Sucess — in Basketball, Spelling and in Life — Begins With Self Confidence

Today is Monday, so this post is on self confidence.

Last Thursday, I saw self confidence in action in two somewhat disparate places: the NBA Eastern Conference Finals, and the National Spelling Bee.  The two people who displayed this amazing self confidence are LeBron James of the Cleveland Cavaliers and Evan O’Dorney of Danville, CA.

Mr. James scored 49 points in Cleveland’s playoff win in Detroit, including the team’s last 25 points and 29 of its last 30.  Mr. O’Dorney won the National Spelling Bee.  Cathy and I were switching back and forth between the two televised events.  Both had a lot of drama.  Both showcased amazing performances. 

Mr. James refused to let his team lose.  After the game, he said, “I was able to will my team to victory.”  He and his teammates went on to defeat Detroit in a game played in Cleveland on Saturday.  They are now in the NBA finals; which begin on Thursday, June 7.  Their opponent is the San Antonio Spurs.

Mr. O’Dorney was equally as confident.  When he was asked when he knew he would win, he said “as soon as I heard the word”.  The word was “serrefine”, a small forceps.  Serrefine is a pretty obscure word.  It comes up as a misspelling when I ran spell check on this document. 

Both Mssrs. James and O’Dorney took their accomplishments in stride.  Mr. James said “Why should I be surprised?  They’re a great defensive team, but I was determined to attack.”  Mr. O’Dorney said “I wasn’t surprised that I won, but spelling is not my favorite thing.  My favorite things to do are math and music.  With the math, I really like the way the numbers fit together.  And with the music, I like to let out ideas by composing notes.  Spelling is just a bunch of memorization.”

Both of these young men (Mr. James is 22 and Mr. O’Dorney is 13), demonstrated what self confidence is all about.  They were optimistic – they believed they could win.  They faced their fears and took action. Mr. James through up an air ball (a shot that hit neither the rim nor the backboard) at the end of the first overtime, yet he continued to shoot the ball in the second period.  Mr. O’Dorney, and the other young people in the National Spelling Bee, stood by himself on a stage with bright lights glaring and television cameras running – pretty intimidating for someone 13 years old — and calmly spelled the esoteric words that were put to him.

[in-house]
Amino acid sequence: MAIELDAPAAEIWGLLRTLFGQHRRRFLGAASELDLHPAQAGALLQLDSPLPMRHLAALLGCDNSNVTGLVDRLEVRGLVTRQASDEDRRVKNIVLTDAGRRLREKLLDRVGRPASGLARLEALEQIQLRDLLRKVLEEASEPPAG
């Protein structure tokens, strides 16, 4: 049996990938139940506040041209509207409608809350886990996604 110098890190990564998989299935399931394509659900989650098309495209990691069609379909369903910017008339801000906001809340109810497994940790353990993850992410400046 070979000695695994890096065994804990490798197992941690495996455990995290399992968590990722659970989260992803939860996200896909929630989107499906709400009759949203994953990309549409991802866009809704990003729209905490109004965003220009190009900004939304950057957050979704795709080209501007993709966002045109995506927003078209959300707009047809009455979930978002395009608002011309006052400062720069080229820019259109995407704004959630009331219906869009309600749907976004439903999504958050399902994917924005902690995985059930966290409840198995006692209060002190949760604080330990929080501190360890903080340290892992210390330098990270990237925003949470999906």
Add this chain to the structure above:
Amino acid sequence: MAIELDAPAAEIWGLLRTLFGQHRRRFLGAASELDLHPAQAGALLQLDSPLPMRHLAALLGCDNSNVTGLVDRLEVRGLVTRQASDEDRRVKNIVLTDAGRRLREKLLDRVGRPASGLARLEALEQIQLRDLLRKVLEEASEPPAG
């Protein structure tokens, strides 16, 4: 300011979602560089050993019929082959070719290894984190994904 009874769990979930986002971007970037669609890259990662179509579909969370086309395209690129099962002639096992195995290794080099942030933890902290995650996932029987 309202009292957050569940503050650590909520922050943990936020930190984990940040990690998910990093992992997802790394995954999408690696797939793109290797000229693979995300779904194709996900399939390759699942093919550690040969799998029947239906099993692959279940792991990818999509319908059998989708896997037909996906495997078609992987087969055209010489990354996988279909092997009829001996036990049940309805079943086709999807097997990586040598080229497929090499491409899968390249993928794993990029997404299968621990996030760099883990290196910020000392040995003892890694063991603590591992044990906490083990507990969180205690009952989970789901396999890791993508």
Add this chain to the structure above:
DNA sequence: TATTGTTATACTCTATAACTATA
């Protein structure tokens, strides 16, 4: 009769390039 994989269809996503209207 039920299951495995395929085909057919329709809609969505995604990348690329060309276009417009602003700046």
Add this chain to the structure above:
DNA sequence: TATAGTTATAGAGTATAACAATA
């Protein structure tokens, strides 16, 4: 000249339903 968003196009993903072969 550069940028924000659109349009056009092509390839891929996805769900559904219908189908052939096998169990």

Finally, both Mr. James and Mr. O’Dorney were surrounded by positive people.  The Cleveland Cavaliers players and coaches may have been the only people in the arena on Thursday who thought they would win such an important game on the other team’s home court.  Mr. O’Dorney’s parents were with him on the stage during his run to the championship (as were all of the parents of the finalists).  He was one of the favorites to win the National Spelling Bee.  ABC did mini feature on him and several of the other contestants that they showed during the competition.  It was clear that Mr. O’Dorney’s parents provide the support and encouragement he needs as he pursues excellence – in spelling, math and music.

I particularly enjoyed watching two people from fairly different fields — an athlete and an academic — demonstrate supreme self confidence and win difficult competitions last Thursday.  I hope you got to see one or both of these amazing performances.

The common sense point here: self confidence is the foundation of career and life success.

That’s it for today.  Thanks for reading.  Log on to my website www.BudBilanich.com for more common sense.  Check out my other blog: www.CommonSenseGuy.com for common sense advice on leading people and running a small business.

I’ll see you around the web, and at Alex’s Lemonade Stand.

Bud

PS: Speaking of Alex’s Lemonade Stand – my fundraising page is still open.  Please go to www.FirstGiving.com/TheCommonSenseGuy to read Alex’s inspiring story and to donate if you can.

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